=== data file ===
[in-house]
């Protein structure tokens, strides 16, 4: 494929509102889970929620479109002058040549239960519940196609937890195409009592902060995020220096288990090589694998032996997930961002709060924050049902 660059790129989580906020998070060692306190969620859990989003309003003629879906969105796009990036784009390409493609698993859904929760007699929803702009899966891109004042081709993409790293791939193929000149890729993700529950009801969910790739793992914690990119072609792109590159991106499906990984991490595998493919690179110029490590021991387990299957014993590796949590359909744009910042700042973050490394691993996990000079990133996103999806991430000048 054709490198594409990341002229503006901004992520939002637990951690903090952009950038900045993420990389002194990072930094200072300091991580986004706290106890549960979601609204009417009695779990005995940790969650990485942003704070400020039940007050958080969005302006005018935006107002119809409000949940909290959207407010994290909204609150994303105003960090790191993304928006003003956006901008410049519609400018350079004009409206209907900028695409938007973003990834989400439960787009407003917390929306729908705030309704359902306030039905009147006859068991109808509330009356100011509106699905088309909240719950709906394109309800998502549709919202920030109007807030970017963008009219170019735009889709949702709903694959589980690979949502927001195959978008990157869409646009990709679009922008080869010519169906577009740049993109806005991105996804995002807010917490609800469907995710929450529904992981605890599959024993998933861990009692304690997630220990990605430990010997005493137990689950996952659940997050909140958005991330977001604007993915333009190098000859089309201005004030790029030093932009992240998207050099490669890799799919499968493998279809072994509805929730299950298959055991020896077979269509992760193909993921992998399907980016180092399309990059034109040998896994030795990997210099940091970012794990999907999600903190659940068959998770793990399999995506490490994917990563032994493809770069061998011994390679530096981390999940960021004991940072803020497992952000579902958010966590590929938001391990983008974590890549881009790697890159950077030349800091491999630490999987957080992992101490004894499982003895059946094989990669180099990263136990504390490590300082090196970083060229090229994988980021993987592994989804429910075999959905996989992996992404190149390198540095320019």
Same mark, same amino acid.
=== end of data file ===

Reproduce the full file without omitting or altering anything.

[in-house]
């Protein structure tokens, strides 16, 4: 494929509102889970929620479109002058040549239960519940196609937890195409009592902060995020220096288990090589694998032996997930961002709060924050049902 660059790129989580906020998070060692306190969620859990989003309003003629879906969105796009990036784009390409493609698993859904929760007699929803702009899966891109004042081709993409790293791939193929000149890729993700529950009801969910790739793992914690990119072609792109590159991106499906990984991490595998493919690179110029490590021991387990299957014993590796949590359909744009910042700042973050490394691993996990000079990133996103999806991430000048 054709490198594409990341002229503006901004992520939002637990951690903090952009950038900045993420990389002194990072930094200072300091991580986004706290106890549960979601609204009417009695779990005995940790969650990485942003704070400020039940007050958080969005302006005018935006107002119809409000949940909290959207407010994290909204609150994303105003960090790191993304928006003003956006901008410049519609400018350079004009409206209907900028695409938007973003990834989400439960787009407003917390929306729908705030309704359902306030039905009147006859068991109808509330009356100011509106699905088309909240719950709906394109309800998502549709919202920030109007807030970017963008009219170019735009889709949702709903694959589980690979949502927001195959978008990157869409646009990709679009922008080869010519169906577009740049993109806005991105996804995002807010917490609800469907995710929450529904992981605890599959024993998933861990009692304690997630220990990605430990010997005493137990689950996952659940997050909140958005991330977001604007993915333009190098000859089309201005004030790029030093932009992240998207050099490669890799799919499968493998279809072994509805929730299950298959055991020896077979269509992760193909993921992998399907980016180092399309990059034109040998896994030795990997210099940091970012794990999907999600903190659940068959998770793990399999995506490490994917990563032994493809770069061998011994390679530096981390999940960021004991940072803020497992952000579902958010966590590929938001391990983008974590890549881009790697890159950077030349800091491999630490999987957080992992101490004894499982003895059946094989990669180099990263136990504390490590300082090196970083060229090229994988980021993987592994989804429910075999959905996989992996992404190149390198540095320019």
Same mark, same amino acid.